Rock Star

For all those years that we lived in Europe, flying to and from deployments was a very uneventful thing. The USAF picked us up, and they dropped us off at an airbase in Germany. Maybe there’d be a reception or something at our actual garrison when we got off the bus, but really, the travel itself was very straight forward and uneventful.

So, flying from Iraq to Hawaii was a bit of an adventure for me, for among other things, I was flying commercial airlines for 2/5 of the trip, and flying in uniform (which we never did on commercial airlines in Europe).

The entire way home, I felt like I was being treated like a rock star. Which, I’ll be honest, made me a bit uncomfortable. I am so very not-used to that. I am a staff guy, a solver a problems — not some hardened killer. So, the rock star treatment was a bit humbling — why would anyone treat me like this?

When we got to Atlanta, we left behind out chartered flight and entered commercial, domestic flight channels. I flew Delta from Atlanta to LA, and they treated us very well, but I think I need to tell you about flying American, for two reasons:

1. A ton of military personnel on R&R transit Atlanta. It is one of two main places where folks on R&R transit, before being injected into domestic commercial flights. The airlines there see us all the time, and yes, they do treat us all very well. Not so, in LA.

2. Holy cow, the treatment in LA was incredible.

My bags were checked all the way through to HI. So, when I landed in LA, I just needed to find an American counter in order to get a new boarding pass. I made by way out of security and to the American counters, but before I had a chance to get a line, I was accosted by an American employee, asking me where I was headed. She came out of nowhere, swooping down on me like a falcon, but with nothing but smiles and happiness. She looked at the counters there, and the long lines, and told me that this wouldn’t do; I needed to go down the terminal, to the red ropes, and see the American staff there. We do this for all the soldiers, she says.

And that staff, I was surprised to see, was the Business Class staff. Who was already helping two other R&R soldiers. No waiting, no lines. “I see that they have you in a middle seat. We know that they ticket you guys so late. Where would you like to sit?” the lady asked me. “A window seat would be nice,” I replied. “Is the flight full?” I asked. “Oh, yes. Very full.”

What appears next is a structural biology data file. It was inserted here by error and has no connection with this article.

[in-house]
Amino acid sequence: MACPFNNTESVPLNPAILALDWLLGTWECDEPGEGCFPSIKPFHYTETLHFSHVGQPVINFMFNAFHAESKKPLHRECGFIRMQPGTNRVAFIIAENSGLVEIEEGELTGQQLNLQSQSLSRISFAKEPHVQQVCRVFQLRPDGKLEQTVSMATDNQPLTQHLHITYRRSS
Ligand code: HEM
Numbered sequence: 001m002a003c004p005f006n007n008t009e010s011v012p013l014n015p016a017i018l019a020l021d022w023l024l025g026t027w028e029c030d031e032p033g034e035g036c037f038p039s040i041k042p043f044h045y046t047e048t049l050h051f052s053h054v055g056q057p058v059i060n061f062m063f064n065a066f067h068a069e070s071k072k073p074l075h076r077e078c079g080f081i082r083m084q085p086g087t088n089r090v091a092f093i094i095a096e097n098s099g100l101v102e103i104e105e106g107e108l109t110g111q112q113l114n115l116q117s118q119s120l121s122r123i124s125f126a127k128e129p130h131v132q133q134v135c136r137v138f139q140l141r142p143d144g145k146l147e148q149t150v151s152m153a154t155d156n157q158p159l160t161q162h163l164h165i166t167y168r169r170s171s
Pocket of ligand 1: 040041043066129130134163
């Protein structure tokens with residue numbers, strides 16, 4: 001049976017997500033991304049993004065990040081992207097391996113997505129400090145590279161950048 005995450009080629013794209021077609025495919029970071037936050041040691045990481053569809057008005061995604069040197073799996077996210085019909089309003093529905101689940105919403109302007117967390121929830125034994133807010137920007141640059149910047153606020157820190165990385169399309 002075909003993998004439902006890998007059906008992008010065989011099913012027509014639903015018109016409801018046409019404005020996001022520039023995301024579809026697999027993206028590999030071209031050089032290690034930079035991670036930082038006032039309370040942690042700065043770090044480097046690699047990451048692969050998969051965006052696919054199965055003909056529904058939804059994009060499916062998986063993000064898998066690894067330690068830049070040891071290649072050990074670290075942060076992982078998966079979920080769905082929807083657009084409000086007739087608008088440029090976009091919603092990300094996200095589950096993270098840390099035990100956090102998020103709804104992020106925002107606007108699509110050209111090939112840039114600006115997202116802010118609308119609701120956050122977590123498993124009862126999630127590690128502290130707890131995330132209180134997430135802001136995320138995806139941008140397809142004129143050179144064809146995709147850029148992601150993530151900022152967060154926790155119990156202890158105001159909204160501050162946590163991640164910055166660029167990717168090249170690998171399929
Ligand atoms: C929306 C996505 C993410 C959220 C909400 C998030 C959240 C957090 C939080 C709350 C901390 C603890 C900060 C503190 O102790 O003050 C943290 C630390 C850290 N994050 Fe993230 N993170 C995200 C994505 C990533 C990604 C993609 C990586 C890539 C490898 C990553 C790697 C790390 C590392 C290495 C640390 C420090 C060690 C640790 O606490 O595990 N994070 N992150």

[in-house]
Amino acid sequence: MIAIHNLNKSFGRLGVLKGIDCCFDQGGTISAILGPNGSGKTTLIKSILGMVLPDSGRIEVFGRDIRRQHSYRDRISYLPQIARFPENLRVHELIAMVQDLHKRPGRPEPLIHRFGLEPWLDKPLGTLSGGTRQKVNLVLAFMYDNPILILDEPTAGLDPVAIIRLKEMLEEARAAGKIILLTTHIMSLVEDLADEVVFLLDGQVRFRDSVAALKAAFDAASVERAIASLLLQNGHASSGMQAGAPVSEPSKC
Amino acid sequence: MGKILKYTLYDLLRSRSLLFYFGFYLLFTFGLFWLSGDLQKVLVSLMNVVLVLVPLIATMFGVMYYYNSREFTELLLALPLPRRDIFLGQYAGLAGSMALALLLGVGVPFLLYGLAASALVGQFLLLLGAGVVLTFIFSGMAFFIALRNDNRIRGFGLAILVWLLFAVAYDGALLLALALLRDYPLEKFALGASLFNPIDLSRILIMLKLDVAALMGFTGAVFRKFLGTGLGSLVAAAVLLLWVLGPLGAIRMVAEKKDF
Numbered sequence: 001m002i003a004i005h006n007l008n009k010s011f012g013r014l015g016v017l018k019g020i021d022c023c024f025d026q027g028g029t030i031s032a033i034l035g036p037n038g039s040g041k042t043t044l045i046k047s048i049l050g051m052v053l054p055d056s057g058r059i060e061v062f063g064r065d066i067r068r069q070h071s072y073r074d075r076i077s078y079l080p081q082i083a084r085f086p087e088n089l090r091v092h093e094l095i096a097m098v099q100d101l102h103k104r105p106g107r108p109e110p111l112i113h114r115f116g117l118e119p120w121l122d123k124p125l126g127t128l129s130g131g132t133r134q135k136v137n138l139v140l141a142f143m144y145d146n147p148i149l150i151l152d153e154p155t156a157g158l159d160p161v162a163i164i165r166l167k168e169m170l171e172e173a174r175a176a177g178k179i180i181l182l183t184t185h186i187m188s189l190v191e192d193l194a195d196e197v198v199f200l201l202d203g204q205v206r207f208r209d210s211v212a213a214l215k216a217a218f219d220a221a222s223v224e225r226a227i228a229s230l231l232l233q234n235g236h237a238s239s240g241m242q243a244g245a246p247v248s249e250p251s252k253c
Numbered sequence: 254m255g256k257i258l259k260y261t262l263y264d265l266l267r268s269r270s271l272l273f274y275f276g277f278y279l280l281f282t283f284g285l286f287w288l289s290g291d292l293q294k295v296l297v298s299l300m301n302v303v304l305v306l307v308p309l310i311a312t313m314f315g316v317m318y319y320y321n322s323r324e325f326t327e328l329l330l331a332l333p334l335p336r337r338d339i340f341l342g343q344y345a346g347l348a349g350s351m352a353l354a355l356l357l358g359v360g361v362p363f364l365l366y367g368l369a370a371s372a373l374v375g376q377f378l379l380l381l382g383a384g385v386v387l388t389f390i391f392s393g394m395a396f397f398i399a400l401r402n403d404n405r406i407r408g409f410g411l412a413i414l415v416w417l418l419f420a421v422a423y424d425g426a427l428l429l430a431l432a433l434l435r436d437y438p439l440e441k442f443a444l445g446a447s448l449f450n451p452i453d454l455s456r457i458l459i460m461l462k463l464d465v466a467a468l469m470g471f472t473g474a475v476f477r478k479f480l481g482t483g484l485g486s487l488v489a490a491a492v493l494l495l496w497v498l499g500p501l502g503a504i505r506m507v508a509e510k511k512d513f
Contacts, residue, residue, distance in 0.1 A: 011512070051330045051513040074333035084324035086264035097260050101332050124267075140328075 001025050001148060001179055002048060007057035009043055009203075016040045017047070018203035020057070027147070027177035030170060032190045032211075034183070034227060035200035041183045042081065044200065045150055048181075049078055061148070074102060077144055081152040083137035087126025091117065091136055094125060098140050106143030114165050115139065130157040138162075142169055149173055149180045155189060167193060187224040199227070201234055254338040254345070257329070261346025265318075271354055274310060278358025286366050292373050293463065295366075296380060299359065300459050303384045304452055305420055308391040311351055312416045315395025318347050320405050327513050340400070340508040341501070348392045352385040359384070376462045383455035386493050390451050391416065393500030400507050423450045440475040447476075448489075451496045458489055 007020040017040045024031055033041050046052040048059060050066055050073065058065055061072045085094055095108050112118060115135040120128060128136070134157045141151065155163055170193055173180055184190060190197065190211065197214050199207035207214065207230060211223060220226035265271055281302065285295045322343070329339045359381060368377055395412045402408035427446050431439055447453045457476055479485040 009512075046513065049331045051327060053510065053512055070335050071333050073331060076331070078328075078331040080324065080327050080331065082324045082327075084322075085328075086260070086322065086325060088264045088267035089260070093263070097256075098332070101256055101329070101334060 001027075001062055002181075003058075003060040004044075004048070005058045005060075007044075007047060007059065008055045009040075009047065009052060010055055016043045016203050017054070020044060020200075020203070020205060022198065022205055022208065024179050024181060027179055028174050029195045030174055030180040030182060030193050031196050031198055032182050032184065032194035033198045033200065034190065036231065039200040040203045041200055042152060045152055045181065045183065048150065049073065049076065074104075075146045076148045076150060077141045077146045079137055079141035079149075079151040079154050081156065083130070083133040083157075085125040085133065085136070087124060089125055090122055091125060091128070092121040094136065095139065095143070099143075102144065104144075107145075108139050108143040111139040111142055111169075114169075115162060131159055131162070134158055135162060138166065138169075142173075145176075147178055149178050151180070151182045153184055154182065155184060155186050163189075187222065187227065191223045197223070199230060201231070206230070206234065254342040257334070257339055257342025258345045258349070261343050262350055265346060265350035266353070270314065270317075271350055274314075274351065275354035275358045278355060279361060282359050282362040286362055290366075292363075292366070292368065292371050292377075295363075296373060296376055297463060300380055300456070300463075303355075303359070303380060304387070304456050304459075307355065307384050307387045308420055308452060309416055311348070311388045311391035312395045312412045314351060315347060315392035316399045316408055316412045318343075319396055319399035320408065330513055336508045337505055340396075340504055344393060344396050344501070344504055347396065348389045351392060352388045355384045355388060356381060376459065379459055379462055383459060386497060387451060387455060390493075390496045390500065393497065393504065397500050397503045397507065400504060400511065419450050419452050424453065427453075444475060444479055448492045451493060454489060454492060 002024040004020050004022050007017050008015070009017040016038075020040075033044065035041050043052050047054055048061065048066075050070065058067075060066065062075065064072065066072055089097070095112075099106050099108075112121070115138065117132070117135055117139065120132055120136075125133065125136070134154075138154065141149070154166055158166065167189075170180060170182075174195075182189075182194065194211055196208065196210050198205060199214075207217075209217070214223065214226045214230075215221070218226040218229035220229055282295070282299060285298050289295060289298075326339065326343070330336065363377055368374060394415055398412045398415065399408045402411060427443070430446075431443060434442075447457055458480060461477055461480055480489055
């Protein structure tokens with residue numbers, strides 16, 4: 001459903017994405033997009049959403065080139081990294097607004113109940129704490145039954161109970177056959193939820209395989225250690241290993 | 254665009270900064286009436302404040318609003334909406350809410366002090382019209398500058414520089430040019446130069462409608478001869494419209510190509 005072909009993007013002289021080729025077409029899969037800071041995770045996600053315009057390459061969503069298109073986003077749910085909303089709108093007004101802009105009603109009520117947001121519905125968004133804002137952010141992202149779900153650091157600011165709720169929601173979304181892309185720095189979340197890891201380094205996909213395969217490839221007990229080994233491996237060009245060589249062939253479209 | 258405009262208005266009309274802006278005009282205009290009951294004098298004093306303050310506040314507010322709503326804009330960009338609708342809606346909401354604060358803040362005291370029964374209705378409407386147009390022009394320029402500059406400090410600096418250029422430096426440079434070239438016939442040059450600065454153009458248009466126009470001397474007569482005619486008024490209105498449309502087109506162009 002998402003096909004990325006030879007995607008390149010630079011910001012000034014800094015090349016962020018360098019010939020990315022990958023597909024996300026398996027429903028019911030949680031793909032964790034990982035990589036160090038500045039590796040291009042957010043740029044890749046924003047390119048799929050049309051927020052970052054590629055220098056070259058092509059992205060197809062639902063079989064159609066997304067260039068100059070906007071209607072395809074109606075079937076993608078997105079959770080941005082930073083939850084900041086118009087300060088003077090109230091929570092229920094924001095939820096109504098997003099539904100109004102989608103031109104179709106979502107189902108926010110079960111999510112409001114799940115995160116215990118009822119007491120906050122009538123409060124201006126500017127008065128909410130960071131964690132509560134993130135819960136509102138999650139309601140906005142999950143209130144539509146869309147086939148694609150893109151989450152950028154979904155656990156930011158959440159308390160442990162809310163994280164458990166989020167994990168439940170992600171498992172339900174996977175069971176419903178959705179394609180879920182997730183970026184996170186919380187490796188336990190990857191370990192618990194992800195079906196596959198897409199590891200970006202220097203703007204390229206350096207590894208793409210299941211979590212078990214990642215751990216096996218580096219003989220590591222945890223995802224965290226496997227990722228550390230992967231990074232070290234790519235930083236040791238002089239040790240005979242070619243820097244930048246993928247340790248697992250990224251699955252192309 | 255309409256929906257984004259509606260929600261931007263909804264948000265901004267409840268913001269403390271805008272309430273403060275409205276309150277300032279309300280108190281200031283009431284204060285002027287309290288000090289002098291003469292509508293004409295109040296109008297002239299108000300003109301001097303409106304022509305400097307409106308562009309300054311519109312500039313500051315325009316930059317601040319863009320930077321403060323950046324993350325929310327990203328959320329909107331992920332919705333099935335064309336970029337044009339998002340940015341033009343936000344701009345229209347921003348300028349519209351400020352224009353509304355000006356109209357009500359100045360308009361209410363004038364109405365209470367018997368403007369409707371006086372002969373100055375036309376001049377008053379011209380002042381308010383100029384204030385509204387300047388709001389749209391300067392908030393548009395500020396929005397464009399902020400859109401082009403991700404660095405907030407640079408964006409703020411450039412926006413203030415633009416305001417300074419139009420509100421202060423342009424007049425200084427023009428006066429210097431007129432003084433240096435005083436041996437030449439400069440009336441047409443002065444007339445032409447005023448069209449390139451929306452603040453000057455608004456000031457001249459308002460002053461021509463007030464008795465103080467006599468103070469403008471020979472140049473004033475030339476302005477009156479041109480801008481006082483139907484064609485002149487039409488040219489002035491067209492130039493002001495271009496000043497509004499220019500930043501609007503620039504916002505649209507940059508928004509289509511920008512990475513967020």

Great. Someone else is moving to the middle seat, and I am moving to a window. Seriously?

I head over to the entrance to the security checkpoint — a staircase headed upstairs, where the lines for TSA wrap all over the place. There were three others — two soldiers and one Army civilian — just arriving at the ticketing place, but I intercept them and direct them to Business Class. I get to the stairs, and the two controlling access in stop me — the line is kind of long, so I should go over there, to where 1st Class checks in. Where they’d already sent the two guys in front of me, where I tell the three behind me to go, too.

Once there, the TSA lady asks us if we’re wearing standard issue boots, or steel toed boots. Standard, we say. “Just leave them on” she says. How can I argue with that?

I find my gate, and then wander around some, looking for a semi-healthy snack. Until I hear my name called over the PA, and I report to the gate as instructed. “Just need to issue you a new boarding pass,” she says. Yes, First Class. And she pointed me in the direction of the Admiral’s Lounge (or whatever it’s called), so I could get a snack and some cold juice.

My flight to Honolulu had just two R&R soldiers on it, and we were both in First Class. And waited on, hand and foot. I was asleep when the came to ask about meals, so they saved me one of the salmon meals. My ice cream sundae seemed rather large, compared to the others. I was never without a full class, or a warm towel for my hands — part of that is, I’m sure, flying First Class, but part of it was being under the watchful eye of the two stewardesses for First Class.

In Honolulu, I did not wait for my bag – they brought it out separately. The other soldier had just his carry-on bag.

So, yeah. Rock star. I can’t see this being systematic treatment of soldiers and / or folks on R&R as if they are rock stars. I think it’s treatment at a number of levels, from individuals just being nice, to someone putting something into the computer (which I am convinced is what got me the first class upgrade). Top to bottom, it was fantastic treatment.

Thank you, airlines. Thank you, other passengers. Thank you, for making me feel appreciated and loved. It was pretty cool.

6 thoughts on “Rock Star

  1. That is great that the airlines are doing a little extra for you guys. Does this mean that your are taking R&R earlier than scheduled, and you won’t be home in August?

  2. United routinely gives open first class seats to soldiers in uniform. Once, I was on a UAL flight where first class was full so one of the first class passengers volunteered to be bumped into coach for a soldier.

    I was chatting to a neighbor, a retired USAF colonel, about my work at LAAFB. He thanked me for doing my job. Incredible. I’m just a desk jockey that analyzes satellite data (and a mommy and quilter like your wife).

Leave a Reply

Your email address will not be published. Required fields are marked *

This site uses Akismet to reduce spam. Learn how your comment data is processed.